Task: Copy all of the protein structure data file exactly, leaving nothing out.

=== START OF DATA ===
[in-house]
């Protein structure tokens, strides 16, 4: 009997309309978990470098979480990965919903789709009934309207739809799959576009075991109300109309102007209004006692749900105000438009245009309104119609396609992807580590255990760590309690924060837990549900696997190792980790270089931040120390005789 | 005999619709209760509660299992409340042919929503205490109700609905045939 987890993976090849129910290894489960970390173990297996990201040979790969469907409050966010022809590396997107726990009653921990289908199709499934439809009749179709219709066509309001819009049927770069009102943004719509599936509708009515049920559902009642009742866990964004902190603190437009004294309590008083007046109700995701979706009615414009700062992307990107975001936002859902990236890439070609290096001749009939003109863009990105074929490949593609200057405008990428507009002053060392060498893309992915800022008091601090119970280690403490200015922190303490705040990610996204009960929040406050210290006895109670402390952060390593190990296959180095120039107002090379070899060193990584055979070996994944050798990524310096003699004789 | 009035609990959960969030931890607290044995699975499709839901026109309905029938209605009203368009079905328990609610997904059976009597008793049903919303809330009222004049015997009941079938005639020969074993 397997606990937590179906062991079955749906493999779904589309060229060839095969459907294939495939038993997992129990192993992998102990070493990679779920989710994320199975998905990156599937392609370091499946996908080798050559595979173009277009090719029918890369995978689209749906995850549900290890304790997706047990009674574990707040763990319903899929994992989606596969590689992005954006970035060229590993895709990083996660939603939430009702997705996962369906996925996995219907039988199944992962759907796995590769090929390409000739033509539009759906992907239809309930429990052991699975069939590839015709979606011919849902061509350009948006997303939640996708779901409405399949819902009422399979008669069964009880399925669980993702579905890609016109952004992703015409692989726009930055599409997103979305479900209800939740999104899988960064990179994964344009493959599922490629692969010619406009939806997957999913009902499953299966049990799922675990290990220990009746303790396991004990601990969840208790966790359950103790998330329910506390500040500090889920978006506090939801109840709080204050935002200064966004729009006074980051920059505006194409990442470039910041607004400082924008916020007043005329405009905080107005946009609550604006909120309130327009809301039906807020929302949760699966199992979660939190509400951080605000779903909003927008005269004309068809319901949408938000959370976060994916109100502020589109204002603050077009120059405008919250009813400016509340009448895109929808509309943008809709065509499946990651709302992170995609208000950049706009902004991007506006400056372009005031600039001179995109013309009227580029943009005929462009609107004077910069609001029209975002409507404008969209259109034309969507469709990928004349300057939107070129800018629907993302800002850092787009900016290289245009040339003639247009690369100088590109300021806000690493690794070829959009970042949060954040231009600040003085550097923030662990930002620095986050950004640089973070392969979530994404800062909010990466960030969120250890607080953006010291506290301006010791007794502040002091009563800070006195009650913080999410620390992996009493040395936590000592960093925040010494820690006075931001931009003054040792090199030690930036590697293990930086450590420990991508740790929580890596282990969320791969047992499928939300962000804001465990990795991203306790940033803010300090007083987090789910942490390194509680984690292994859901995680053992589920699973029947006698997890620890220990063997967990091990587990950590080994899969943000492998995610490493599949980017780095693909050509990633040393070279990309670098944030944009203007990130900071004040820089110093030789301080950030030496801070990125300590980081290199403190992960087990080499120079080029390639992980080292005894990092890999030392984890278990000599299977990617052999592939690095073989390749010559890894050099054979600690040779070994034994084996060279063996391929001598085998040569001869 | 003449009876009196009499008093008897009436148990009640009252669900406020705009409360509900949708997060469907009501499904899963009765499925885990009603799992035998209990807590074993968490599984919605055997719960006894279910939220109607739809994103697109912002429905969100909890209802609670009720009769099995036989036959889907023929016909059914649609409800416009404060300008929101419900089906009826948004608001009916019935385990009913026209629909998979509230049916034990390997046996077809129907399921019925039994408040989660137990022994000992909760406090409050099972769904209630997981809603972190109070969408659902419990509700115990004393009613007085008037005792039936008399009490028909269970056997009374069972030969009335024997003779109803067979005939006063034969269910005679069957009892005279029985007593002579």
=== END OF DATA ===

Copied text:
[in-house]
């Protein structure tokens, strides 16, 4: 009997309309978990470098979480990965919903789709009934309207739809799959576009075991109300109309102007209004006692749900105000438009245009309104119609396609992807580590255990760590309690924060837990549900696997190792980790270089931040120390005789 | 005999619709209760509660299992409340042919929503205490109700609905045939 987890993976090849129910290894489960970390173990297996990201040979790969469907409050966010022809590396997107726990009653921990289908199709499934439809009749179709219709066509309001819009049927770069009102943004719509599936509708009515049920559902009642009742866990964004902190603190437009004294309590008083007046109700995701979706009615414009700062992307990107975001936002859902990236890439070609290096001749009939003109863009990105074929490949593609200057405008990428507009002053060392060498893309992915800022008091601090119970280690403490200015922190303490705040990610996204009960929040406050210290006895109670402390952060390593190990296959180095120039107002090379070899060193990584055979070996994944050798990524310096003699004789 | 009035609990959960969030931890607290044995699975499709839901026109309905029938209605009203368009079905328990609610997904059976009597008793049903919303809330009222004049015997009941079938005639020969074993 397997606990937590179906062991079955749906493999779904589309060229060839095969459907294939495939038993997992129990192993992998102990070493990679779920989710994320199975998905990156599937392609370091499946996908080798050559595979173009277009090719029918890369995978689209749906995850549900290890304790997706047990009674574990707040763990319903899929994992989606596969590689992005954006970035060229590993895709990083996660939603939430009702997705996962369906996925996995219907039988199944992962759907796995590769090929390409000739033509539009759906992907239809309930429990052991699975069939590839015709979606011919849902061509350009948006997303939640996708779901409405399949819902009422399979008669069964009880399925669980993702579905890609016109952004992703015409692989726009930055599409997103979305479900209800939740999104899988960064990179994964344009493959599922490629692969010619406009939806997957999913009902499953299966049990799922675990290990220990009746303790396991004990601990969840208790966790359950103790998330329910506390500040500090889920978006506090939801109840709080204050935002200064966004729009006074980051920059505006194409990442470039910041607004400082924008916020007043005329405009905080107005946009609550604006909120309130327009809301039906807020929302949760699966199992979660939190509400951080605000779903909003927008005269004309068809319901949408938000959370976060994916109100502020589109204002603050077009120059405008919250009813400016509340009448895109929808509309943008809709065509499946990651709302992170995609208000950049706009902004991007506006400056372009005031600039001179995109013309009227580029943009005929462009609107004077910069609001029209975002409507404008969209259109034309969507469709990928004349300057939107070129800018629907993302800002850092787009900016290289245009040339003639247009690369100088590109300021806000690493690794070829959009970042949060954040231009600040003085550097923030662990930002620095986050950004640089973070392969979530994404800062909010990466960030969120250890607080953006010291506290301006010791007794502040002091009563800070006195009650913080999410620390992996009493040395936590000592960093925040010494820690006075931001931009003054040792090199030690930036590697293990930086450590420990991508740790929580890596282990969320791969047992499928939300962000804001465990990795991203306790940033803010300090007083987090789910942490390194509680984690292994859901995680053992589920699973029947006698997890620890220990063997967990091990587990950590080994899969943000492998995610490493599949980017780095693909050509990633040393070279990309670098944030944009203007990130900071004040820089110093030789301080950030030496801070990125300590980081290199403190992960087990080499120079080029390639992980080292005894990092890999030392984890278990000599299977990617052999592939690095073989390749010559890894050099054979600690040779070994034994084996060279063996391929001598085998040569001869 | 003449009876009196009499008093008897009436148990009640009252669900406020705009409360509900949708997060469907009501499904899963009765499925885990009603799992035998209990807590074993968490599984919605055997719960006894279910939220109607739809994103697109912002429905969100909890209802609670009720009769099995036989036959889907023929016909059914649609409800416009404060300008929101419900089906009826948004608001009916019935385990009913026209629909998979509230049916034990390997046996077809129907399921019925039994408040989660137990022994000992909760406090409050099972769904209630997981809603972190109070969408659902419990509700115990004393009613007085008037005792039936008399009490028909269970056997009374069972030969009335024997003779109803067979005939006063034969269910005679069957009892005279029985007593002579």